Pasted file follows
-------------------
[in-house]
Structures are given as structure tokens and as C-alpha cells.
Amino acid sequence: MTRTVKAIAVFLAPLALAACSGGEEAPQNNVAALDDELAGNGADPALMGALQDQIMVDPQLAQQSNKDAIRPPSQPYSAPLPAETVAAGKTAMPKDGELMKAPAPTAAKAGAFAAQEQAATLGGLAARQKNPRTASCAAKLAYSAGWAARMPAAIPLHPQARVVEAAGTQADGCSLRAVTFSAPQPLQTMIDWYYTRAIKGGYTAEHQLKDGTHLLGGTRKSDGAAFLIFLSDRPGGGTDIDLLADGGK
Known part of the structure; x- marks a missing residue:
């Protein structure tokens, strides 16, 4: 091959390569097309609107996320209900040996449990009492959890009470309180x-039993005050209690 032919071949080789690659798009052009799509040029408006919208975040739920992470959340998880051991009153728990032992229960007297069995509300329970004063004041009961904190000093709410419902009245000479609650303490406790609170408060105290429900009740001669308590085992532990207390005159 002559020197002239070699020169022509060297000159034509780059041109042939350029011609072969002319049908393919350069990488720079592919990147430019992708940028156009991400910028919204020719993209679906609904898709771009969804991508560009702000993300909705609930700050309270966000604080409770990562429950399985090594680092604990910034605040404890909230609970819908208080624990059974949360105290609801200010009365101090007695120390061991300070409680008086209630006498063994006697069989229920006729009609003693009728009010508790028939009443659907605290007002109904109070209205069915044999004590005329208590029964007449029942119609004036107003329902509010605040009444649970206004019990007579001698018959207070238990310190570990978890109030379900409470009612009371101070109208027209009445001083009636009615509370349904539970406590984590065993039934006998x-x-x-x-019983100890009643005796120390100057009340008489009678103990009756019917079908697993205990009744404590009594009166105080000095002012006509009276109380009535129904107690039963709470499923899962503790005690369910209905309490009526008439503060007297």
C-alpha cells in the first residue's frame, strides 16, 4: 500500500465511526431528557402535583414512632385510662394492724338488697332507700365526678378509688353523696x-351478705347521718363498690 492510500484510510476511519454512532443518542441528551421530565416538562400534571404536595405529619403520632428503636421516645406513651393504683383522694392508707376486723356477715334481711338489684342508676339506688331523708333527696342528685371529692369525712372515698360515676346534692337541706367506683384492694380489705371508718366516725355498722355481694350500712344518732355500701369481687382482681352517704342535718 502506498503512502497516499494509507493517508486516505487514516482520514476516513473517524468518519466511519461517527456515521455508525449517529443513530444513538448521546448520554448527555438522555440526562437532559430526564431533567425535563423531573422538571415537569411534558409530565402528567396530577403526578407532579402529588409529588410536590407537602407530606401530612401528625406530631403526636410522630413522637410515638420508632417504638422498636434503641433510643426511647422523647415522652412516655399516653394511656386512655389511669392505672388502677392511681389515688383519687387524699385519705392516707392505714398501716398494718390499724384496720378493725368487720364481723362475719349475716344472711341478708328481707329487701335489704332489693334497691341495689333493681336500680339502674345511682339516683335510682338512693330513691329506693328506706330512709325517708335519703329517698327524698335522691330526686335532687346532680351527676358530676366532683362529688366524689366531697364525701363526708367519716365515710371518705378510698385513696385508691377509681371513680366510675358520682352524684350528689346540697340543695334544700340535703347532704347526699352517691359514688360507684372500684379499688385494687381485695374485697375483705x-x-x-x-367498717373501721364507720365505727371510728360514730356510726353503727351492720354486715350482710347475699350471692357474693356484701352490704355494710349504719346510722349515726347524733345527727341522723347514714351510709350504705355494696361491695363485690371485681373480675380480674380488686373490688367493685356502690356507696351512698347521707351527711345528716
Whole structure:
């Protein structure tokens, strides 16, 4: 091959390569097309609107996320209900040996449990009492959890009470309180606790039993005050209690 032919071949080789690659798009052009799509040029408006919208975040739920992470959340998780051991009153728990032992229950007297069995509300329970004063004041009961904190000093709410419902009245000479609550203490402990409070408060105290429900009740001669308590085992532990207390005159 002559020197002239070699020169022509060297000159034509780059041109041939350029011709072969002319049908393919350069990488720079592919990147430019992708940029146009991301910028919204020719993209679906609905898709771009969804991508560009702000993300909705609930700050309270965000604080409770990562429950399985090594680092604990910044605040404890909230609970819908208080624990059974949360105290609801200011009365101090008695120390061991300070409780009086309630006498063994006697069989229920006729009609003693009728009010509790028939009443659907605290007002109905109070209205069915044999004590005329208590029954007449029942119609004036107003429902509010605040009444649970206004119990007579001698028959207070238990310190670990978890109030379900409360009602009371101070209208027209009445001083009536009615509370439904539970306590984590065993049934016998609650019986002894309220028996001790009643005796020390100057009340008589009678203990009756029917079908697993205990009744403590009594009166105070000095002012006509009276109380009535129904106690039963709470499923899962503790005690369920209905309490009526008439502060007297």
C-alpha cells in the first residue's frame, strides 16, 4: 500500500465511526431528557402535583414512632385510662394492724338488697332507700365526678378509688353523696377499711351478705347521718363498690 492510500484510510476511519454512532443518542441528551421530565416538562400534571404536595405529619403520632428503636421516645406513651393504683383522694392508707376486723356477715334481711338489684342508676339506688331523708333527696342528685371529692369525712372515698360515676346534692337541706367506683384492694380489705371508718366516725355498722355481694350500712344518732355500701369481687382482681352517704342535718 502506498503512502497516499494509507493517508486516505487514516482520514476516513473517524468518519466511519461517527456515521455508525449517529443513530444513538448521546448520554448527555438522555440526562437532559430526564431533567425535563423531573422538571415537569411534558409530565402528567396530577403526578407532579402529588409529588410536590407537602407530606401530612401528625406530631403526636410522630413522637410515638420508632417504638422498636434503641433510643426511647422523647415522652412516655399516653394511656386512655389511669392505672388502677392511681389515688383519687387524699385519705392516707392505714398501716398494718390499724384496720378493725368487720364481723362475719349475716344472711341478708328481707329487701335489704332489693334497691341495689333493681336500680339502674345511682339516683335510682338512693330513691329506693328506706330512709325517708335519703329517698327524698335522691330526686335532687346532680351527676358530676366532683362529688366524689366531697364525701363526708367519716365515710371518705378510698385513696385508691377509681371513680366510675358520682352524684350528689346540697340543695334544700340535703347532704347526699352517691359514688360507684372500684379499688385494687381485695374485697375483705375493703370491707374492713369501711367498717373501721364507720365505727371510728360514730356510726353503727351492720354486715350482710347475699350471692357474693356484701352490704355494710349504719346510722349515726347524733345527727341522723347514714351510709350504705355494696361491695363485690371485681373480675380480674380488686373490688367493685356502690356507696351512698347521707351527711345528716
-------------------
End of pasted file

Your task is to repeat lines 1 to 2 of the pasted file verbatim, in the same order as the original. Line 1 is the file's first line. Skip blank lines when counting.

[in-house]
Structures are given as structure tokens and as C-alpha cells.